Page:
British English

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British English sometimes referred to as the Queen's English, is the common name for the standardized version of spoken and written English used in the countries of the United Kingdom and in most British Commonwealth nations. It differs from standard US English both in its phonology (pronunciation), spelling, and in some grammatical constructs (e.g. some words in US English which take the definite article "the" , such as Hospital or University, do not take an article in British English).

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Differences in spelling between American and British English

Some American English spellings have been developed to follow more phonetic forms than in British English.

re/er

Words such as centre, theatre, and spectre are (usually) in American English spelled "center", "theater", and "specter".

or/our

American spellings tend to eliminate the 'u' in words which, in British English, are spelled with an 'our'. Example: color and colour, parlor and parlour, savior and saviour. However, there are exceptions to this, such as the word 'glamour' which is thus spelt in both dialects.

ae and oe

Many British words tend to retain the ligatures 'oe' and 'ae' in words of Greek or Latin origin. Examples: diarrhoea (American: diarrhea), orthopaedic (orthopedic), oesophagus (esophagus).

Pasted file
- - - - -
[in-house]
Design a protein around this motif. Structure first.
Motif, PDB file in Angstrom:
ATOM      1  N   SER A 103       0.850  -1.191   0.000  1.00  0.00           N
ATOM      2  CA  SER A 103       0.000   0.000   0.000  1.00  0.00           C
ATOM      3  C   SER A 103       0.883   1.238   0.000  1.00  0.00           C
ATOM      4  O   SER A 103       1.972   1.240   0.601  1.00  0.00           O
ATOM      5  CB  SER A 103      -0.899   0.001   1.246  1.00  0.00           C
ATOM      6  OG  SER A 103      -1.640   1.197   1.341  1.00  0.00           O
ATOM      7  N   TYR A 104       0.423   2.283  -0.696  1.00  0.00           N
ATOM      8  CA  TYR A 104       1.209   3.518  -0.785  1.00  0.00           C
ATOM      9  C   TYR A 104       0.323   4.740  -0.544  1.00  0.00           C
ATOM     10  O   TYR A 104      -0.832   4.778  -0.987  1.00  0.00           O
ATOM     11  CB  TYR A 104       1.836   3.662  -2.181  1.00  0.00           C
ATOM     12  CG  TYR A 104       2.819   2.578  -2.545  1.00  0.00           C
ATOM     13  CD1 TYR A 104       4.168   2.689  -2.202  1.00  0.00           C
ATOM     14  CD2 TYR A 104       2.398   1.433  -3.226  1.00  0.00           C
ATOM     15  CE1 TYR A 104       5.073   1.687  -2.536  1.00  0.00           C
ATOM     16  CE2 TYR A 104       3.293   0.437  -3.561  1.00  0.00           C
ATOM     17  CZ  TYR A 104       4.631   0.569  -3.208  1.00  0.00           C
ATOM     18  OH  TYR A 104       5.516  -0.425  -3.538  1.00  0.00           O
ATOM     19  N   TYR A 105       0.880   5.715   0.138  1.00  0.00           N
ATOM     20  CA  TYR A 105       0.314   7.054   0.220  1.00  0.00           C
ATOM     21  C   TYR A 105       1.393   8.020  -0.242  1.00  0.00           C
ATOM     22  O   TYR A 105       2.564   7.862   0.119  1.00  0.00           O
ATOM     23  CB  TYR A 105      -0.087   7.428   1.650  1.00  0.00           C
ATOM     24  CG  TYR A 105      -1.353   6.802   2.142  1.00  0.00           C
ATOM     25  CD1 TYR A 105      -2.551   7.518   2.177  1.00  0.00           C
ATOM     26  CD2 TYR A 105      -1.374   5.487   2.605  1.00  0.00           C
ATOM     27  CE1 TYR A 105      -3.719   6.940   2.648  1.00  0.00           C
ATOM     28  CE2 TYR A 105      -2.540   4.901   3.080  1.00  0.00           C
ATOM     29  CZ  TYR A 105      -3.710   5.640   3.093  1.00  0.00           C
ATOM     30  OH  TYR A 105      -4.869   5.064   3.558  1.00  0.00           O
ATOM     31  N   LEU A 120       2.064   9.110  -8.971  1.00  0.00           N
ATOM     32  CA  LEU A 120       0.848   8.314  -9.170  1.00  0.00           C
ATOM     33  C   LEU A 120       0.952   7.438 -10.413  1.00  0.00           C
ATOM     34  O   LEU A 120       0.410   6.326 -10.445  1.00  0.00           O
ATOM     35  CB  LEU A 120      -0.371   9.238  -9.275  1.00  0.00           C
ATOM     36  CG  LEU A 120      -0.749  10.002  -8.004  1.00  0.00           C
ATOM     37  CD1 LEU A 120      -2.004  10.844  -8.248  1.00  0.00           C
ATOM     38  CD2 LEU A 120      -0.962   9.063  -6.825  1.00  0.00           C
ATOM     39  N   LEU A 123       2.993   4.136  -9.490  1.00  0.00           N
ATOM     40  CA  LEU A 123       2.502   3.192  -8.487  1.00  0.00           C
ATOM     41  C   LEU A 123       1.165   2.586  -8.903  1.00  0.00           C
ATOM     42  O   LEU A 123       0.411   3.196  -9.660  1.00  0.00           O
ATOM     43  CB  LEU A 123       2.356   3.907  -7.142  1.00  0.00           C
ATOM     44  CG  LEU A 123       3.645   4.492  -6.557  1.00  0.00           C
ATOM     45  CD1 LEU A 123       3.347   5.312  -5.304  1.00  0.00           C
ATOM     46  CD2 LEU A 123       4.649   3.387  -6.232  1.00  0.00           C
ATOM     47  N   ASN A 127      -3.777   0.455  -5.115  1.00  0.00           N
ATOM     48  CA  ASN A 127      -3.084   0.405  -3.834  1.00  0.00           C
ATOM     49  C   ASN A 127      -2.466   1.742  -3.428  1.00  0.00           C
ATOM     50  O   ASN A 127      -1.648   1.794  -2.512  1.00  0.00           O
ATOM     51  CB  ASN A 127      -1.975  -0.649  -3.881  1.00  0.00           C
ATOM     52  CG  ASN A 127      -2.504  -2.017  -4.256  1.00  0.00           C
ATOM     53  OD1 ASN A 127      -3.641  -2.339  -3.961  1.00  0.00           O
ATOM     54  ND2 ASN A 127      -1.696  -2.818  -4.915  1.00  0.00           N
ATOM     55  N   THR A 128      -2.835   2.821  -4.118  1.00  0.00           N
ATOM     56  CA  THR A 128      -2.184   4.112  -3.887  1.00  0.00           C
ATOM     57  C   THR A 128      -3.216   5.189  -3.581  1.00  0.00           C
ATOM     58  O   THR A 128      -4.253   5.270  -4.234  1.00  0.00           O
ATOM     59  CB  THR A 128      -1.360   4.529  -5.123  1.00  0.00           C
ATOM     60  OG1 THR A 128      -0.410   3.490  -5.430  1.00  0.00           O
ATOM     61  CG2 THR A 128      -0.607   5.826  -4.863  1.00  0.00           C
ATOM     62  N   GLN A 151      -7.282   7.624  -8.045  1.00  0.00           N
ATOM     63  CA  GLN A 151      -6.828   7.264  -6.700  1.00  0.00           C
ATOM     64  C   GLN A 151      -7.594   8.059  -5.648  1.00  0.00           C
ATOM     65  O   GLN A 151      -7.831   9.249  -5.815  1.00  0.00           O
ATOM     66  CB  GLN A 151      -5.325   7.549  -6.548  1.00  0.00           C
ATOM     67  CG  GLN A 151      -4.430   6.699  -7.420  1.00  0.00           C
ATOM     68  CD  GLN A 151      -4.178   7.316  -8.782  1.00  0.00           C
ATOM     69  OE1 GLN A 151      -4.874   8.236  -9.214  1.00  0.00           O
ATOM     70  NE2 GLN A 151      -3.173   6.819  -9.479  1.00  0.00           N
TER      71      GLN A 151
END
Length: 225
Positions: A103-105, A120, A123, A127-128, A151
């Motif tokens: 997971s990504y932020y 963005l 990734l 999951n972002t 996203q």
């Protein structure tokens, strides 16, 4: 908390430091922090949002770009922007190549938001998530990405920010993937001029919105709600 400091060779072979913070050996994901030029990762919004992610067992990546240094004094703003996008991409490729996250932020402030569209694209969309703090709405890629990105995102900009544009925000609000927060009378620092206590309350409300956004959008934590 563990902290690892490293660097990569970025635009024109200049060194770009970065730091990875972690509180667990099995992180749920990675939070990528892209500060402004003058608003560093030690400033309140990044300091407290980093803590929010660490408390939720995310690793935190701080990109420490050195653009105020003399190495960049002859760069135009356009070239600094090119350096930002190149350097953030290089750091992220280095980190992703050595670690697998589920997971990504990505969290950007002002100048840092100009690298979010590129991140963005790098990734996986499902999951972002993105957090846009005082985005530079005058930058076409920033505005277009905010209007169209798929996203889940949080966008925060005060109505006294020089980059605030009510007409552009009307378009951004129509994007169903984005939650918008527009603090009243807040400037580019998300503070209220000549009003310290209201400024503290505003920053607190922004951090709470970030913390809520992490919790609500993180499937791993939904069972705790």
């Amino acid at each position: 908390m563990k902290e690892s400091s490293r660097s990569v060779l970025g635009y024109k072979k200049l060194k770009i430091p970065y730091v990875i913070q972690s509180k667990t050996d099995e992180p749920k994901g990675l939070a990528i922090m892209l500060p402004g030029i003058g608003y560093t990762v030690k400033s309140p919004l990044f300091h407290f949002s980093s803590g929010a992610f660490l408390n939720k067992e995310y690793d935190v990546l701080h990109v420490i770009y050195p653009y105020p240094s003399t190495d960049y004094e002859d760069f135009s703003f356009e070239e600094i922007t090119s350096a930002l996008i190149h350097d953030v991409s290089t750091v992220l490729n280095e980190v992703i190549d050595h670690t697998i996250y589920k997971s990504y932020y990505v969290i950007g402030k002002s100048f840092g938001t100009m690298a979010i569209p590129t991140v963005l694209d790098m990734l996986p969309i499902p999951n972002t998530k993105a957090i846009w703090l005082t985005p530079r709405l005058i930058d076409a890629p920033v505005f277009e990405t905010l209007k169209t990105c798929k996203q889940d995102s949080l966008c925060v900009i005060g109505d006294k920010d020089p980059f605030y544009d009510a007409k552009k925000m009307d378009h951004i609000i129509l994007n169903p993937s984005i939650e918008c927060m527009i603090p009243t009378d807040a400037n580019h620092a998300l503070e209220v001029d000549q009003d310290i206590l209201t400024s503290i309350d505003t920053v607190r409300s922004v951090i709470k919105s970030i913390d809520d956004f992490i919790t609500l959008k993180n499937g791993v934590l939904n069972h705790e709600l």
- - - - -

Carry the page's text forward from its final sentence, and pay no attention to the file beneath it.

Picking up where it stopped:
xion/ction

Many British words use the -xion ending rather than the -ction ending. Examples: reflexion (American: reflection), circumflexion (American: circumflection), deflexion (American:deflection).

Doubled consonants

Certain words have their consonants doubled in the British spelling when turned into gerunds. Examples: focussed (American: focused), worshipped (American: worshiped), targetted (American: targeted).

Hyphens and spacing

Words are usually compounded in American English (ex: counterattack, runoff), whereas in British English they are more likely to be separated by a hyphen (counter-attack, run-off).

ise/ising and ize/izing

In British English many words with the suffixes "ize" and "izing" can also be spelled with an "s" in place of the "z". This is largely a development seen from the latter half of the twentieth century to the extent that the use of "z" in many words is often mistaken in Britain and Ireland as an American trait. The Oxford English dictionary prefers the use of z whereas other British dictionaries may vary.

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